17th century token – Page 2 – Mr. Pepys' Small Change
Total Deaths and Plague Related Deaths in London 1665 the most infamous outbreaks of bubonic plague. Between the start of the outbreak in early 1665 and its eventual disappearance in early 1666 the plague is estimated to have claimed the lives of approximately 100,000 citizens. The death toll reached a peak during the warm Summer months but even into early October 1665 was still claiming between 2,000 to 4,000 victims per week.
One strain of bacterium was behind the Black Death and Great Plague
Researchers believe a single strain of Y.pestis, the bacterium responsible for bubonic plague, was responsible for two major historical outbreaks of the disease as well as more recent outbreak in China and India, suggesting the bacterium spread to Asia from Europe. Pictured is a mass burial site in Ellwangen, Germany
Artist Frank To in medieval plague doctors exhibition
BBC Scotland Artist Frank To in medieval plague doctors exhibition. Scots artist Frank To has opened a new exhibition in Edinburgh of paintings inspired by medieval plague doctors. The strange costumed figures, who wore long pointed masks, would have been a familiar, but unwelcome, sight on the streets of Scotland in the middle ages. As part of the show, he will be dressing up as a plague doctor in public places.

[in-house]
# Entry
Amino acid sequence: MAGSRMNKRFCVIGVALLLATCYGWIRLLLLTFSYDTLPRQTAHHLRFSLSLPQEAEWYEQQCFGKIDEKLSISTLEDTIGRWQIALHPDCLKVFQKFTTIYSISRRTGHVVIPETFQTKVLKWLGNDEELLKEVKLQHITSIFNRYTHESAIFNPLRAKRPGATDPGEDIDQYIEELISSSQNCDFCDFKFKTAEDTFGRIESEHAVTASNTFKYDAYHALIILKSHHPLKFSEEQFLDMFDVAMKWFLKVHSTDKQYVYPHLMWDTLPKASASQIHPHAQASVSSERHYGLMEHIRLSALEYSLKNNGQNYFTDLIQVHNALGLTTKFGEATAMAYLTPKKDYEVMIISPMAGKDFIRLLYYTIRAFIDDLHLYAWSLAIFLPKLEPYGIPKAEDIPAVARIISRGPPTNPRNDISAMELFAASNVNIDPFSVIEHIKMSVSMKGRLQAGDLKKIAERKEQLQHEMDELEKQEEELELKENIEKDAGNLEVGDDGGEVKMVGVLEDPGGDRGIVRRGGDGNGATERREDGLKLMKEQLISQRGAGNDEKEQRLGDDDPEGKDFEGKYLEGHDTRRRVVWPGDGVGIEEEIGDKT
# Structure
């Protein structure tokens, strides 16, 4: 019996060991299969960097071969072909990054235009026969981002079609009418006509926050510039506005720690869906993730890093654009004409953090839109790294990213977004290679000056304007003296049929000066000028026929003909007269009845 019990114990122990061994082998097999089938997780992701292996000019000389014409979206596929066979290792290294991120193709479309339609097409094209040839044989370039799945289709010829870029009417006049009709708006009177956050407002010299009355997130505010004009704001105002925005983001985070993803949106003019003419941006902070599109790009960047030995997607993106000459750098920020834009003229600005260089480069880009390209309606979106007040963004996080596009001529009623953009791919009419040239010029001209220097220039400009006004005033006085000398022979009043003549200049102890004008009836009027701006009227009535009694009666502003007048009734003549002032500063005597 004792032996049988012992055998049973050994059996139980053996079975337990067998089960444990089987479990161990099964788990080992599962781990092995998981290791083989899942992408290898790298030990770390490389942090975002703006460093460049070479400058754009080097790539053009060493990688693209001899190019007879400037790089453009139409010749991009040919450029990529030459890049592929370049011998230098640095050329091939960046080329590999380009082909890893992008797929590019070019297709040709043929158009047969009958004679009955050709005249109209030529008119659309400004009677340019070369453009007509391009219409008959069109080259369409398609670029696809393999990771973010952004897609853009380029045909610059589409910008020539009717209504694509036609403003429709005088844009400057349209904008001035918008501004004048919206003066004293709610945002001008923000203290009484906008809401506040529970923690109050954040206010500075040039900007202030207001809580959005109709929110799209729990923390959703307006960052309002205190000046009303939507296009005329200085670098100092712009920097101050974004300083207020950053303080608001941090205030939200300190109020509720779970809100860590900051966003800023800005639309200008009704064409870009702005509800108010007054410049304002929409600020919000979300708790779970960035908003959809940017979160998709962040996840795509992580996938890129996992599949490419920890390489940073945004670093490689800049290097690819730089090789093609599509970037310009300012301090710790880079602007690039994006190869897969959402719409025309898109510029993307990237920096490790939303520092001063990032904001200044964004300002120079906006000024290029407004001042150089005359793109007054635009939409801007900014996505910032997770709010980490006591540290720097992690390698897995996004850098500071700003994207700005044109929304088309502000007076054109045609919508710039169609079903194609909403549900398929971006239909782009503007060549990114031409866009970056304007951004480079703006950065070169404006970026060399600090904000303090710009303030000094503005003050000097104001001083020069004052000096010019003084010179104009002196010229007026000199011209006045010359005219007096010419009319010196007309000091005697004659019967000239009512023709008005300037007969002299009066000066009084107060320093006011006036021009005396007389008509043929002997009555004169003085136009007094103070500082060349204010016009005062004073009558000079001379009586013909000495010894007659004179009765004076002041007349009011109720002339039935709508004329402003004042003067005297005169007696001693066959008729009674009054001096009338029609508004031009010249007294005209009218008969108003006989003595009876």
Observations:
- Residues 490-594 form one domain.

Plots that Changed the World - III
Thanks to the miracle of animated gifs, we can unambiguously describe the progression of The Plague! With the addition of Asia to the map, you really get a sense for how truly widespread this pandemic was. It was not simply European or English history as I was taught in school (though it did wipe out 50% of the English population!) but in fact ravaged large portions of Asia, Africa, and Europe.
The Black Death (officially, bubonic plague) ravaged England from 1348 to 1350, during the reign of Edward III. Historians estimate that this first (and most severe, I believe) wave of the epidemic killed half the people in England, including a daughter of Edward III. It caused major social change and, ultimately, in perhaps a roundabout way, led to the Peasants' Revolt in 1381 (during the reign of Richard II, Edward III's immediate successor.